FENGLOU, China — Under cover of the war on terrorism, the Chinese government has significantly stepped up its crackdown against alleged separatists in the western region of Xinjiang since Sept. 11, a human rights group charges.
Authorities have shut down mosques, detained thousands of people deemed suspected separatists and clamped tighter controls on the local media to discourage unrest among the indigenous Uighur population, according to a report released today by Amnesty International.
The Uighurs are a Turkic-speaking, mostly Muslim people, many of whom chafe under Chinese rule and some of whom advocate independence. For years, the Beijing regime has tried to crush separatist sentiment in the region, a vast, sparsely populated area rich in natural resources and closer in culture and heritage to Central Asian nations such as Uzbekistan.
Since the Sept. 11 terrorist attacks, the Chinese government has sought to link its campaign in Xinjiang to the worldwide war on terrorism. Two months ago, Beijing issued a report purporting to show direct ties between Uighur separatists and Osama bin Laden, who it says promised the separatists a "fabulous sum" of money for their operations.
A State Department report on human rights this month criticized China's campaign to smash separatism in Xinjiang. The Bush administration has refused to recognize a connection between the crackdown and the global war on terrorism, prompting accusations of a double standard from Beijing.
The Chinese government's report said that authorities were targeting only "a few core members and criminals," Muslim militants accused of plotting bombing, arson and poisoning incidents responsible for the deaths of 162 people between 1990 and 2001.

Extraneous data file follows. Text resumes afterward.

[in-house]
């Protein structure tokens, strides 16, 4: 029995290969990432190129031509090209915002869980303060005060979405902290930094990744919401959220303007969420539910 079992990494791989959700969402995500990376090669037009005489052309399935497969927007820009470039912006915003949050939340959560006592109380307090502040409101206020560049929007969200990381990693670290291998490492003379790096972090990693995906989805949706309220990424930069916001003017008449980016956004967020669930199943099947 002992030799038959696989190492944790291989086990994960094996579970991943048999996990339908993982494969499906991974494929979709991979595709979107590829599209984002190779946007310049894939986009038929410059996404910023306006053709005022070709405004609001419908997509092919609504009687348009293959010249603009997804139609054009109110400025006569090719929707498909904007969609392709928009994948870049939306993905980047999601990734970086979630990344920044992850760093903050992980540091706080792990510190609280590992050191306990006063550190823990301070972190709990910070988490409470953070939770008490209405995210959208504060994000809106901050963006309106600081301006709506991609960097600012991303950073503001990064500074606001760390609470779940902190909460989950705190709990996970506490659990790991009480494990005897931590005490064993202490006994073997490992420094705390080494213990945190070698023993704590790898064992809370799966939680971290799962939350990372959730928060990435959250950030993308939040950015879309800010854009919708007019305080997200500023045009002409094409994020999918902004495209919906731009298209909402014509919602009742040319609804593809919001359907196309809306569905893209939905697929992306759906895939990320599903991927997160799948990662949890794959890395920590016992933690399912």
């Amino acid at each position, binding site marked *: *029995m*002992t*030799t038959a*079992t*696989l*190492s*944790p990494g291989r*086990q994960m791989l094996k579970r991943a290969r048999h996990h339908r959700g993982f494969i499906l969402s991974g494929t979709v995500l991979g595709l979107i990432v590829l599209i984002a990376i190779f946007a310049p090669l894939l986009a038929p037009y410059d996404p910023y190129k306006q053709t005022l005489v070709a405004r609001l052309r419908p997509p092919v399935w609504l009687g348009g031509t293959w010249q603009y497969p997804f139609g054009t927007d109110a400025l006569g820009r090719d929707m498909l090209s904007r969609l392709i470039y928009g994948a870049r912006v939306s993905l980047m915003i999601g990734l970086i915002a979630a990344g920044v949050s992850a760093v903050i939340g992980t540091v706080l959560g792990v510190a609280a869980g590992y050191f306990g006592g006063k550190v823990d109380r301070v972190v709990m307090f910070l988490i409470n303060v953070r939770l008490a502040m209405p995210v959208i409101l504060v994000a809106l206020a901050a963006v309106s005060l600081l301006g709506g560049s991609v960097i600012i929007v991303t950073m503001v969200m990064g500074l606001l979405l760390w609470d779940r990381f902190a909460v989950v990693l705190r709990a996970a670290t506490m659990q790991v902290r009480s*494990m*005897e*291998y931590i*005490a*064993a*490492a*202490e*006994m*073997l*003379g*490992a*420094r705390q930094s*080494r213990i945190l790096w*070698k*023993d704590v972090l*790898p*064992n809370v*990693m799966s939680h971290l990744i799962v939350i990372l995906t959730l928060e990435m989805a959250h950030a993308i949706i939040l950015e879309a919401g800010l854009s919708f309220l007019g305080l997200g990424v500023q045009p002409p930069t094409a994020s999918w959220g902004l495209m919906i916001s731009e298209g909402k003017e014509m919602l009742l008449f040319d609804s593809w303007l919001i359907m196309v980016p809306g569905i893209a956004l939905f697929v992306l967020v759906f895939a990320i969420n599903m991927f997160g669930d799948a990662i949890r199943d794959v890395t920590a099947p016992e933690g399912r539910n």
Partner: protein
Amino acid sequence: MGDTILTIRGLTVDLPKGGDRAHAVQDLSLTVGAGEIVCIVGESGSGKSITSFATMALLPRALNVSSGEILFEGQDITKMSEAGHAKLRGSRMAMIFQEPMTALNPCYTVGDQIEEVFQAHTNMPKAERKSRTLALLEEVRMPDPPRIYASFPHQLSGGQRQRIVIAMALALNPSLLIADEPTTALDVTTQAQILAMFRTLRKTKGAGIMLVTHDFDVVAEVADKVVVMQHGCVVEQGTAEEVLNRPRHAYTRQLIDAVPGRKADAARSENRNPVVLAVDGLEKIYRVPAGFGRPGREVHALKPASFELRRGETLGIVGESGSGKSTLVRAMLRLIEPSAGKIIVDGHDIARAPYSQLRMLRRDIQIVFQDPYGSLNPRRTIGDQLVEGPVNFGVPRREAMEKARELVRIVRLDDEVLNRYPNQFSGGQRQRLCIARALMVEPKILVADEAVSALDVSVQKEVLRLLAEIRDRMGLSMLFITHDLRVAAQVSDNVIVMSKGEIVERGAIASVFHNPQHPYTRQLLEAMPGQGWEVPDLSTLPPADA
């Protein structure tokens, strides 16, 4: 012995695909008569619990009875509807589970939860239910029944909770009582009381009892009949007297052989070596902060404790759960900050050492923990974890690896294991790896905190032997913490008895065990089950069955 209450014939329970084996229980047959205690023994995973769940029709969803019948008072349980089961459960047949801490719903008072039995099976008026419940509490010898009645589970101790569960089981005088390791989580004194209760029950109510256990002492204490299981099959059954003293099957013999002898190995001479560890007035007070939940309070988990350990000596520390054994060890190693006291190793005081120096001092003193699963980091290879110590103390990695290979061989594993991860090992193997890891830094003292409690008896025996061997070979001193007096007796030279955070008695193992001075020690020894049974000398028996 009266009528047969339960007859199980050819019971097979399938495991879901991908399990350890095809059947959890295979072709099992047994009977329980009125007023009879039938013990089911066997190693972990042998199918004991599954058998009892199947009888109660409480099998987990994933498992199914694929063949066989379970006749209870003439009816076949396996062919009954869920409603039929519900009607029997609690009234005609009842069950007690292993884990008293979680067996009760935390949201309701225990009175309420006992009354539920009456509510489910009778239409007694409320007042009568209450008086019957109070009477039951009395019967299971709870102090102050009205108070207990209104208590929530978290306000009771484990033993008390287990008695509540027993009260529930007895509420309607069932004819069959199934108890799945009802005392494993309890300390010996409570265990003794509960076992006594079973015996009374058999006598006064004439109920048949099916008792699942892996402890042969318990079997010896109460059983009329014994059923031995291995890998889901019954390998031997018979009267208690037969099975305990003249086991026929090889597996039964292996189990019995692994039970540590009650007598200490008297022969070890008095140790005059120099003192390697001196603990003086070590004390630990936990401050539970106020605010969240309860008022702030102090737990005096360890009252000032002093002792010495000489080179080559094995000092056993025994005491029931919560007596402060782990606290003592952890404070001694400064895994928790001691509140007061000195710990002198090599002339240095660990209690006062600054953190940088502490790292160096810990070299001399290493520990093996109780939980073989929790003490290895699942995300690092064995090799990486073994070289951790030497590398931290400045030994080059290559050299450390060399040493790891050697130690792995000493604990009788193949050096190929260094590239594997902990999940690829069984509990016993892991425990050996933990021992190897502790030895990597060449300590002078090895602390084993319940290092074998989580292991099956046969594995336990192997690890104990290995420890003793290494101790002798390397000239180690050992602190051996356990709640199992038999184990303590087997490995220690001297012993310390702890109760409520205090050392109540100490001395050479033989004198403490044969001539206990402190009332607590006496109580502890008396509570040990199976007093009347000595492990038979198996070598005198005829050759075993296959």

But Amnesty International alleges that a much broader crackdown is being carried out.
Armed police have been mobilized across Xinjiang to beef up patrols of cities and surveillance of entry points into the region, resulting in the detention of several thousand people, the report says. In the regional capital, Urumqi, alone, at least 166 "violent terrorists" and "other criminals" were arrested between Sept. 20 and Nov. 30, the report says, citing accounts in the official Chinese media.
The crackdown has also extended into the religious sphere, despite China's nominal guarantee of freedom of religion in its constitution, Amnesty International says.
Dozens of Muslim clerics and students have been detained, and mosques accused of being hives of separatist thought and activity have been closed down, the report alleges. Fasting was disallowed in some schools and government offices during the holy month of Ramadan, the report says.
Censors have stepped up monitoring of the Internet, and officials are cracking down on literature and media, Amnesty International says.
Of particular concern, the report says, are the summary trials of detainees that have led to scores of people being sentenced to prison and in some cases executed, often on the basis of expanded but vague anti-terrorist laws.
Just two weeks after the Sept. 11 attacks, 48 Uighurs were charged with political offenses and sentenced at a public rally in the western city of Kashgar, the report says.
For its part, the Beijing regime has said it will root out die-hard militants but show leniency toward those who it says are duped into supporting them.
At a news conference this month during the annual session of China's largely powerless parliament, the National People's Congress, the governor of Xinjiang told reporters that the Chinese government was engaged in an extensive education campaign to increase patriotism among his constituents.